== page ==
JAKARTA (Reuters) - Emerging markets in Southeast Asia were slammed on Friday as Donald Trump’s shock victory in the U.S. presidential election reverberated around the world, with Malaysian and Indonesian central banks acting to try to defend their currencies as investors sold stocks and bonds.
The latest selloff was triggered by investors revising their expectations, with a growing consensus that Trump’s economic policies will be inflationary and push U.S. rates up faster than previously thought, driving funds out of emerging markets and into dollar-based assets.
Yields on benchmark 10-year Treasuries have spiked 41 basis points in the past two days as investors scrambled to readjust positions.
Emerging markets in Asia are particularly vulnerable to hot money outflows, and investors have been unsettled by the deep uncertainty over how broad U.S. and international policy will ultimately play out under Trump.
During Asian trading, the Malaysian ringgit sank to more than 12-year lows in the offshore market.
The ringgit’s one-month non-deliverable forwards (NDFs) MYR1MNDFOR= lost as much as 3.7 percent in the offshore market from the previous close to 4.5395 per dollar, its weakest since at least September 2004, according to Thomson Reuters data.
By contrast, the ringgit spot MYR=MY barely moved at 4.27 per dollar with liquidity extremely thin. As a result, the dollar/ringgit's NDFs premium over the dollar/ringgit spot increased to 0.2695, the widest since at least April 2008, according to Thomson Reuters data.
Bank Negara Malaysia, however, made sure the spot rate remained relatively stable in the onshore market, traders said.
Malaysia’s central bank governor Muhammad Ibrahim told a news conference, called to release upbeat economic growth and current account data, that the ringgit should not be priced out of sync with fundamentals.
And, he said, the central bank had a responsibility to tell banks to take temporary measures to calm the market.
“We don’t want to be dictated by factors that have nothing to do with the country’s fundamentals,” Ibrahim said.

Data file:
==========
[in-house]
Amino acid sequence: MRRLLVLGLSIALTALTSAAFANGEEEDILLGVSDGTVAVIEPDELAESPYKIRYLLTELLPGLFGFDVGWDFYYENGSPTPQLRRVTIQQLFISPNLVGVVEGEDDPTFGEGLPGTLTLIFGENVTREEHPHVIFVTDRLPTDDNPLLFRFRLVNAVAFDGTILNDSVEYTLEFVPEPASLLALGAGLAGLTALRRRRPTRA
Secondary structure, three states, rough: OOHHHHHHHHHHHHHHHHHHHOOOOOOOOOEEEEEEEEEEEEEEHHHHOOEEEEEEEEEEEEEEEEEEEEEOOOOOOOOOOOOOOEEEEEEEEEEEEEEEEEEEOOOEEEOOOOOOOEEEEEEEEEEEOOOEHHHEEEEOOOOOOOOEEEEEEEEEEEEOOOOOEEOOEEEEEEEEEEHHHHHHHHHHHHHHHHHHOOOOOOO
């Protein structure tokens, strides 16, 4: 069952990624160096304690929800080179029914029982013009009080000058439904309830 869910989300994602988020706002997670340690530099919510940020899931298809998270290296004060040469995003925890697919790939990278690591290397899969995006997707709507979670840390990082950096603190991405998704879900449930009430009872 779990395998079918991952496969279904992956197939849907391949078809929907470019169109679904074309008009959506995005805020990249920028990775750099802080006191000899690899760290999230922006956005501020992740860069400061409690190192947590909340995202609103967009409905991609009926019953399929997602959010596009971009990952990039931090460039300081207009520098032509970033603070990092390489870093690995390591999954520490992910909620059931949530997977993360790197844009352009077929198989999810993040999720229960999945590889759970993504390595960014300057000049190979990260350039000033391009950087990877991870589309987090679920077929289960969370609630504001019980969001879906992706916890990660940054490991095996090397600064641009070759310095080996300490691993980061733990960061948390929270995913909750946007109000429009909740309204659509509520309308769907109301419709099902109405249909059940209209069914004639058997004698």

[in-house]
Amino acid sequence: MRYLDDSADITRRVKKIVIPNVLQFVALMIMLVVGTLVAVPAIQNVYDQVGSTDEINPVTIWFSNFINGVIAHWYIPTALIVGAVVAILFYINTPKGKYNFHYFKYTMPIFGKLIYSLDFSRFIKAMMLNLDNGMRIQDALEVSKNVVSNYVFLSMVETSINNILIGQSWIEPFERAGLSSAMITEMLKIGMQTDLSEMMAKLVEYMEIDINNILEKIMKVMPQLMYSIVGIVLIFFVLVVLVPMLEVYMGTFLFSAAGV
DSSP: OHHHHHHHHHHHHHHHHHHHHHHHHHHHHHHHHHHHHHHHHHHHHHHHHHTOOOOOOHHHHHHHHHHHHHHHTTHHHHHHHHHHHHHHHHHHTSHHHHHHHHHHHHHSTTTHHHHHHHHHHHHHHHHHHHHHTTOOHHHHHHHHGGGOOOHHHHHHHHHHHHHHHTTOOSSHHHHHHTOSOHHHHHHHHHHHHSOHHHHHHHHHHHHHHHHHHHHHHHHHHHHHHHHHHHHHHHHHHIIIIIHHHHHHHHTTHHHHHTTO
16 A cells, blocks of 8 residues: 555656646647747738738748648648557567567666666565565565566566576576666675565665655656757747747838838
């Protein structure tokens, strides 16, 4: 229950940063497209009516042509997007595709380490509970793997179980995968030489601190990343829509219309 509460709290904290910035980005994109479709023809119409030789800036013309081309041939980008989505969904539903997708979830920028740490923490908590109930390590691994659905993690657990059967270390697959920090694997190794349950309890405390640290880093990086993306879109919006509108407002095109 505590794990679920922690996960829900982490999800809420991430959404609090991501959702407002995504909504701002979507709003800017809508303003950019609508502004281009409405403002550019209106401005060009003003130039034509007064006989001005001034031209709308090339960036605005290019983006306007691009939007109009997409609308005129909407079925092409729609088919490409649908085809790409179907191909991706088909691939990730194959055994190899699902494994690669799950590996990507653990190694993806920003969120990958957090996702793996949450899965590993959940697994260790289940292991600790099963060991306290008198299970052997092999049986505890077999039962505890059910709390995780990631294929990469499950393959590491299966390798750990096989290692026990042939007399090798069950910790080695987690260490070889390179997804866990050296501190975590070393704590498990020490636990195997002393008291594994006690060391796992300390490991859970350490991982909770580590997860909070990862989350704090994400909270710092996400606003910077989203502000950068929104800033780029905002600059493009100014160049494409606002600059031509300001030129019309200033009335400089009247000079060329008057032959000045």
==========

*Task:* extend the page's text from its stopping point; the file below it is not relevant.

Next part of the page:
Later, the central bank issued a statement in which it added that it was providing necessary liquidity in the currency market.
Traders in Kuala Lumpur said the central bank had told them not to quote offshore rates and was approving large ringgit sell orders on a case-by-case basis. The tactic seemed to work with onshore trade reportedly very thin.
However, rising yields on Malaysian government bonds showed how much pressure the ringgit has come under. Yields on 10-years have jumped 22 basis points since Wednesday, while those on 20-year and 30 year bonds have soared 21 basis points and 10 basis points, respectively, over the same period.
Almost 40 percent of Malaysian government bonds are in foreign hands.
Malaysian stocks were down almost one percent.
Indonesian markets also dived in early trade. Indonesia has enjoyed relatively high inflows into stocks and bonds markets in the past few months, making it vulnerable to hot money outflows at times of uncertainty.
Nanang Hendarsah, an official at BI, said the rupiah’s sharp drop was caused by sudden hedging activity in the NDF market, but noted outflows from Indonesian markets were contained so far.
Bank Indonesia intervened in both forex and bonds markets, deputy governor Mirza Adityaswara said. The central bank is ready to buy government bonds and will maintain the rupiah’s value to reflect Indonesia’s economic fundamentals, he said.
By trading drew to a close in Jakarta (0900 GMT), the rupiah had recouped some of its losses to stand 1.1 percent weaker than the previous close against the dollar.
The yield of Indonesia’s 10-year government bonds jumped on Friday to 7.462 percent, its highest since July 1, from 7.417 percent. Foreigners own 38.4 percent of outstanding Indonesian government bonds.
For investors, particularly for those in emerging markets, the short term might prove a head-spinning affair.
“Mr Trump’s economic policies present an upside risk to rates,” said Khoon Goh, head of Asia research at ANZ.
“This, coupled with the depreciation pressure on Asian currencies, has put serious pressure on Asia’s carry trades.”
Reporting by Fransiska Nangoy and Jongwoo Cheon; Additional reporting Hidayat Setiaji; Writing by Nachum Kaplan; Editing by Simon Cameron-Moore